Preventing Claims - Limitations and deadlines
For litigators and solicitors
ALERT: New Limitation Act in force June 1, 2013
On June 1, 2013, the new Limitation Act, SBC 2012, c. 13 (formerly Bill 34) came into force. The new Act simplifies the time limits for filing civil lawsuits. It replaces the former two, six and 10-year limitation periods for civil claims with a two years- from-discovery basic limitation period and the former 30-year ultimate limitation period with a 15-years-from-occurrence limitation period (with some exceptions).
The new Act’s limitation periods will apply to claims arising from acts or omissions that occur and are discovered on or after June 1, 2013. Under the new Act, most claims are discovered when a claimant knew or ought to have known that the injury, loss or damage was caused by the defendant, and that a court proceeding would be an appropriate remedy (although discovery is postponed for some claims).
The old Act’s provisions continue to apply to pre-existing claims discovered before June 1, 2013. Transition rules in the new Act govern pre-existing claims arising from acts or omissions that occur before June 1, 2013 but are discovered on or after that date.
As with any legislative change, understanding the new law and how it applies to your area of practice is essential for avoiding mistakes. Education and information is available through various resources.
Limitations and Deadlines Quick Reference List – updated to June 1, 2014
It is available online and will be updated from time to time (a hard copy was mailed to every lawyer in private practice in June 2014).
Tips on managing limitations under the new Act
Limitations create risks for lawyers and the new Limitation Act has the potential to increase that risk. Protect yourself by following these tips.
- Act early. New limitations are generally two years, not six or 10.
- You may need to educate your clients. They, too, need to act early.
- Flag and diarize limitations for all remedies relating to a claim – judicial and non judicial (including contractual).
- Incorporate the shorter limitations into your firm’s electronic diary system.
- Don’t assume a limitation applies. The new Act expands the old Act’s list of exempted claims.
- Think outside the new Act box. The applicable limitation may still be found in another statute (and it may be very short).
- Consider the new Act’s effect on the contracts and agreements you draft.
- Watch out – three more potential hot spots: claims for contribution or indemnity, demand loans (no fixed conditions of repayment) and medical malpractice claims.
- If the act or omission occurred before June 1, 2013, remember the transition rules. Even if the discovery is after June 1, 2013, it may still be appropriate to sue before June 1, 2015.
- Always use a non-retainer, disengagement or wrap-up letter with a limitation warning.
For more details and tips, see Ten tips to beat the reset clock, Insurance Issues, Summer 2013.
Beat the Clock: Lessons learned in managing limitation risk
Year after year, lawyers from every area of practice – big firms and small firms, senior lawyers and new calls – fall into the same traps. In fact, one in every four reports of claims and potential claims to LIF is triggered by a missed limitation or deadline.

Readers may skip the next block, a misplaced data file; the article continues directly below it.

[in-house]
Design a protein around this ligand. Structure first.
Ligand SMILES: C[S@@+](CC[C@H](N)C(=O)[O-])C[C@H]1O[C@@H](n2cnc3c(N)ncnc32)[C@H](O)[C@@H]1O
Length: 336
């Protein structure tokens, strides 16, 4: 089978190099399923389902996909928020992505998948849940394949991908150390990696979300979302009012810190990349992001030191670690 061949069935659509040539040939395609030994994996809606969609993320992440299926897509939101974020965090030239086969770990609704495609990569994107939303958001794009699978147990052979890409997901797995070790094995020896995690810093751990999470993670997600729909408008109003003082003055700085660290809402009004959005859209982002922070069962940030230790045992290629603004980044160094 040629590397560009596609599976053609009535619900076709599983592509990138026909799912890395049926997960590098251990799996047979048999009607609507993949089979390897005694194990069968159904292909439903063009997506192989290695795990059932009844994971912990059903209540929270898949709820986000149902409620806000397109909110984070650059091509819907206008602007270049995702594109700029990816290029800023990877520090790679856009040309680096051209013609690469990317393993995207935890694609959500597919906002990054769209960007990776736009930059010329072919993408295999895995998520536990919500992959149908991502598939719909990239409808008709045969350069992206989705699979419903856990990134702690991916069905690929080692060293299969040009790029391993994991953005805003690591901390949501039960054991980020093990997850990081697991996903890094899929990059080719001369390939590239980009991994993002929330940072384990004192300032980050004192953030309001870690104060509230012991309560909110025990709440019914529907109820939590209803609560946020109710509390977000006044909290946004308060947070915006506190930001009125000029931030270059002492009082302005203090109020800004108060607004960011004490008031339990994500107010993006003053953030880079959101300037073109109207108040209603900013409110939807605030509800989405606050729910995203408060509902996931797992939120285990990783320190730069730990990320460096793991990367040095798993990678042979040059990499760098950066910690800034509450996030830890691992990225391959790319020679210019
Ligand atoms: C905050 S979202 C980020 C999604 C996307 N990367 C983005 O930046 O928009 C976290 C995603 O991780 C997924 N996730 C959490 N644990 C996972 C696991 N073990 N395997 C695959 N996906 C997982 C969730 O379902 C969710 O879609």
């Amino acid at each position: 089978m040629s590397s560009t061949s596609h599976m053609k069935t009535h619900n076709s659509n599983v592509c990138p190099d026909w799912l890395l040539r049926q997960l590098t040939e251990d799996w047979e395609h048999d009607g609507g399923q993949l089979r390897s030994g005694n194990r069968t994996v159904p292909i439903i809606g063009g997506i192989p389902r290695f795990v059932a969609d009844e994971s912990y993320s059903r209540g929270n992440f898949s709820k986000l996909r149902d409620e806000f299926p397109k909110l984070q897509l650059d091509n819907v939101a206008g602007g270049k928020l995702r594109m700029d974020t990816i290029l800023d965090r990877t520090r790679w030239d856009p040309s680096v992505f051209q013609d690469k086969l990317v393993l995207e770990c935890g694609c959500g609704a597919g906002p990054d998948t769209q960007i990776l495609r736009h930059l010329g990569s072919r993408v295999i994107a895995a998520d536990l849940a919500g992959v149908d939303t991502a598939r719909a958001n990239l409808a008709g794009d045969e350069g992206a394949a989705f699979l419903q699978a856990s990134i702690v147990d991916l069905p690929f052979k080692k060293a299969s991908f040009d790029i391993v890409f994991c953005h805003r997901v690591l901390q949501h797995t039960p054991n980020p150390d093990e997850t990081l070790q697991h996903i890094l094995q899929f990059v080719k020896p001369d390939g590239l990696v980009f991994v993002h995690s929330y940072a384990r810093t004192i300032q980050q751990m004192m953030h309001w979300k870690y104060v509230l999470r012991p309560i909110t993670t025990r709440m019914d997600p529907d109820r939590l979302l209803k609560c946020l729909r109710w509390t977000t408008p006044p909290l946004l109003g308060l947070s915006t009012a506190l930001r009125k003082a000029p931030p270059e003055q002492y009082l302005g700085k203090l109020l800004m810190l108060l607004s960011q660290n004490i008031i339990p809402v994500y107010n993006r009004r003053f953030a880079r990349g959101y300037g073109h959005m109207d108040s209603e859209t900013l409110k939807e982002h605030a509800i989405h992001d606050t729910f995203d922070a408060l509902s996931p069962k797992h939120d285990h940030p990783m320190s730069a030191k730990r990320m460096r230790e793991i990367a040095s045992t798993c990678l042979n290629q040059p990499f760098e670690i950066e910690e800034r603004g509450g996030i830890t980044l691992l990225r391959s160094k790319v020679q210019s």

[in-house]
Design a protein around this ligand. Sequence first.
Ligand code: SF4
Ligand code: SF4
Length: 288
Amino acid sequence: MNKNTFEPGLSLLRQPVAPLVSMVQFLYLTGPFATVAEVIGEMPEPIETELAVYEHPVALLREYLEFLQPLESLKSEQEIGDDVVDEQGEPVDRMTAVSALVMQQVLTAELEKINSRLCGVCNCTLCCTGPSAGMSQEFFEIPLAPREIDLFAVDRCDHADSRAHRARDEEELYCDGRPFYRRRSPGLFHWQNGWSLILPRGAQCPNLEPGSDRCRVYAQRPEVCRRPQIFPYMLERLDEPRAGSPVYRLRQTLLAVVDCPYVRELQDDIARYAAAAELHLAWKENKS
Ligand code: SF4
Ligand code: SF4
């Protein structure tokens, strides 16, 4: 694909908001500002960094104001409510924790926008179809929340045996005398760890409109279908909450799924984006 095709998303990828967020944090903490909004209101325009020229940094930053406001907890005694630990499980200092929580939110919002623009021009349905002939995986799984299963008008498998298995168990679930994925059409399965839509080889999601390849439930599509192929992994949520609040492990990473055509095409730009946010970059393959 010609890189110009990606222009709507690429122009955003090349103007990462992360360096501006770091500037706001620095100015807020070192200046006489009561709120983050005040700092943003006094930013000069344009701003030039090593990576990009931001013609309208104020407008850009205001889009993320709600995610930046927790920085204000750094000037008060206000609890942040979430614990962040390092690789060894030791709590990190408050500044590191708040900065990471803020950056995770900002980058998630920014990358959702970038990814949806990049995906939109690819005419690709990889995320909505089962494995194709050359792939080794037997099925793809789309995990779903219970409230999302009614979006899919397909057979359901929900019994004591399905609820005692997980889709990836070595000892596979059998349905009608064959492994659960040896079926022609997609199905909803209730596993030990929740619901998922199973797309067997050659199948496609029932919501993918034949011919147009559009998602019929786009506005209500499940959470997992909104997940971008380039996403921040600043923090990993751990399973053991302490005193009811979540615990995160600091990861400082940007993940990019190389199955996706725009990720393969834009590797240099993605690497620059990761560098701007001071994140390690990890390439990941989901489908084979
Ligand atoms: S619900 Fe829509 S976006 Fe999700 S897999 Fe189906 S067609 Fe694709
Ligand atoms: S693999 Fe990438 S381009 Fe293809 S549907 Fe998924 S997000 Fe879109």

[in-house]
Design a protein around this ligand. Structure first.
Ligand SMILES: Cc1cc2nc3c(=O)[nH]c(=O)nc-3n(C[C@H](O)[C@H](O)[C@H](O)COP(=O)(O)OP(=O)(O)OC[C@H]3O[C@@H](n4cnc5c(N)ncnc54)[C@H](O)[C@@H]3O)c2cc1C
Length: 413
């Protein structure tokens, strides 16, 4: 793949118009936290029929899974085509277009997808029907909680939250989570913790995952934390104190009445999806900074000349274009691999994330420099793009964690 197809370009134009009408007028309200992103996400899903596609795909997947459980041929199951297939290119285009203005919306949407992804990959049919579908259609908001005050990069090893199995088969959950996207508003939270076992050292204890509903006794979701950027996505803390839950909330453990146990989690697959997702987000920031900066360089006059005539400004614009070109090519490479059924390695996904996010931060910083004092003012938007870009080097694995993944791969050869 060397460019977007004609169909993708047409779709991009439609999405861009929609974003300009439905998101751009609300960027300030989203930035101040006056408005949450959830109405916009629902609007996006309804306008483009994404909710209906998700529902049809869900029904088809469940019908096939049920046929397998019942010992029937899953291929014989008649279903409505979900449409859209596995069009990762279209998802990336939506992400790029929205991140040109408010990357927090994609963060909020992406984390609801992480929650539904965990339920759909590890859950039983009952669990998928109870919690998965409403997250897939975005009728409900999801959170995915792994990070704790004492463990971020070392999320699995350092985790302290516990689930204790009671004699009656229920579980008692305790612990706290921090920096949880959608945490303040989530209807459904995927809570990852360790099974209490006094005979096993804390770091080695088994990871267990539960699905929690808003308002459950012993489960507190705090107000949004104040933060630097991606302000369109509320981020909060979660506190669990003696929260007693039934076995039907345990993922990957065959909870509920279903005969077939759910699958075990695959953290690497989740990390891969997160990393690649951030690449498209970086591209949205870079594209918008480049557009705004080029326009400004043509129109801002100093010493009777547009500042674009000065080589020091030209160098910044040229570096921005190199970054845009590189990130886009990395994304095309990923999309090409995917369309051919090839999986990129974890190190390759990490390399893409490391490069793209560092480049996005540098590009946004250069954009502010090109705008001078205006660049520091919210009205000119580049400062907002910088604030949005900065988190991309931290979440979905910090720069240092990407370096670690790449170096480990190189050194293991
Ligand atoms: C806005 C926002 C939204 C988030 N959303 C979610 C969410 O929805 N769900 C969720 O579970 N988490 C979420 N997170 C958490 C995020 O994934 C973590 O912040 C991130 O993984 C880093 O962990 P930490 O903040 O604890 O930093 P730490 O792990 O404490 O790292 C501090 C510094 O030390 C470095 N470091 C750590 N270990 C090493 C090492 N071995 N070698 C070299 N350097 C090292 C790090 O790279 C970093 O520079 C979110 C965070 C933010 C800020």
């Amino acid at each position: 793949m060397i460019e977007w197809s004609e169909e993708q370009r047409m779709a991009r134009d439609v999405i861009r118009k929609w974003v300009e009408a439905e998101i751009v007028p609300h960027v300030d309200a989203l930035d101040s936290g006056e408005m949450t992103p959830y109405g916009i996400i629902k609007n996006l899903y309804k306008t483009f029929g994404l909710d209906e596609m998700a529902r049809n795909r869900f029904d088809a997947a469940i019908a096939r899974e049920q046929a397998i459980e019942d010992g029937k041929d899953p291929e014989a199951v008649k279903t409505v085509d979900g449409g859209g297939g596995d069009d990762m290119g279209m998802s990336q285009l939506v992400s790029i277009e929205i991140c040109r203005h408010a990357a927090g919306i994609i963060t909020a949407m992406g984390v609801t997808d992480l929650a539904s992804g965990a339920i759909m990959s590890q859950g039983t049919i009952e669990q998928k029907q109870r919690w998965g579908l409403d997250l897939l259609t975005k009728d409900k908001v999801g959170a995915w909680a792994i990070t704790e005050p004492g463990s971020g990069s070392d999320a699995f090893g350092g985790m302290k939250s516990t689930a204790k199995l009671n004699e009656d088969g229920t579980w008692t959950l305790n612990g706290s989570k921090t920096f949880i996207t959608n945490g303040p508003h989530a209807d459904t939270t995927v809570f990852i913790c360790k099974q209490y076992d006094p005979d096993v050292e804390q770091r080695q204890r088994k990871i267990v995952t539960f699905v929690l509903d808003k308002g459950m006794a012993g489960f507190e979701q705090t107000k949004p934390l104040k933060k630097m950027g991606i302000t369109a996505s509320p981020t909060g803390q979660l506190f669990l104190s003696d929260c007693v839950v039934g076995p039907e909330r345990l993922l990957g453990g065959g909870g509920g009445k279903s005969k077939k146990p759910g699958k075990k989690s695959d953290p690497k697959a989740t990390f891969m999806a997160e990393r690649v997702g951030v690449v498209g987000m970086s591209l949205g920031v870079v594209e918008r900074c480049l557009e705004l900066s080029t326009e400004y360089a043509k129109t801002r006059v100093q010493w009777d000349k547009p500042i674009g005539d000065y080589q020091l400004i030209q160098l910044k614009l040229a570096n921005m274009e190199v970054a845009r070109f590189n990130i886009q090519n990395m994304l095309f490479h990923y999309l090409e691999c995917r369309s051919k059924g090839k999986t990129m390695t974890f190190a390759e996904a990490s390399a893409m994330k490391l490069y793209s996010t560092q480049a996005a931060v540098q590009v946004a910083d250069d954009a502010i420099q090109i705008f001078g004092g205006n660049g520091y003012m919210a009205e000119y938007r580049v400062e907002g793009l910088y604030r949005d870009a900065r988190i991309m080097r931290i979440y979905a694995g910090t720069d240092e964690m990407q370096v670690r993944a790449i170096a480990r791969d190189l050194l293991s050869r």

The good news is that you can prevent missed deadlines by adopting the simple practices and procedures laid out in our award winning publication Beat the clock: Timely Lessons from 1600 Lawyers (2007). The guide offers more than 70 tips to prevent missed deadlines, along with real-life stories behind the mistakes. Four sections address each of the main causes of missed deadlines:
Oversights account for more than half of all missed deadlines. Practice style may increase the exposure, but oversights also happen to lawyers who are generally careful and systematic. The causes are:
- Flawed firm systems for substantive limitations
- Flawed systems for other deadlines
- Mistakes in document review or preparation
- Inappropriate delegation
Legal issue failures
In 25 per cent of missed deadline reports, the lawyer is sufficiently competent in the area of law to act, but the loss is still caused by mismanagement of the specific legal issues. These mistakes occur because of either:
- Lack of legal knowledge
- Flawed legal analysis or strategy
Engagement management failures
Some professional liability claims have no connection whatsoever to the quality of the legal product the lawyer delivers. Rather, they arise because of the lawyer’s approach to doing business with clients. If a lawyer does not appreciate how critical it is to manage all aspects of the engagement, that lawyer increases the risk of claims arising through:
- Not effectively managing the retainer or non-retainer
- Acting when not qualified
- Failures in managing transferred files
The remainder of all missed deadlines occur because the lawyer fails to communicate effectively – to listen, to ask, or to explain. Without a successful exchange of information between the lawyer and client (or others) the information critical to meeting a deadline is lost. Here’s why:
- Not giving advice to clients
- Failing to obtain information or instructions from clients
- Miscommunication with non-clients
Other limitations and deadlines - municipalities
Suing a municipality for negligence? Remember, it’s a two-year limitation. However, the two-month notice provision in the Local Government Act must also be met. See Two-year limitation governs negligence claims against municipalities, Alert!, February 2002.
Ten tips to beat the reset clock, Insurance Issues, Summer 2013
Limitations and Deadlines Quick Reference List, 2014
Beat the clock: one year later, Benchers' Bulletin, May 2008
Beat the clock: Timely Lessons from 1600 Lawyers, 2007
Two-year limitation governs negligence claims against municipalities, Alert!, February 2002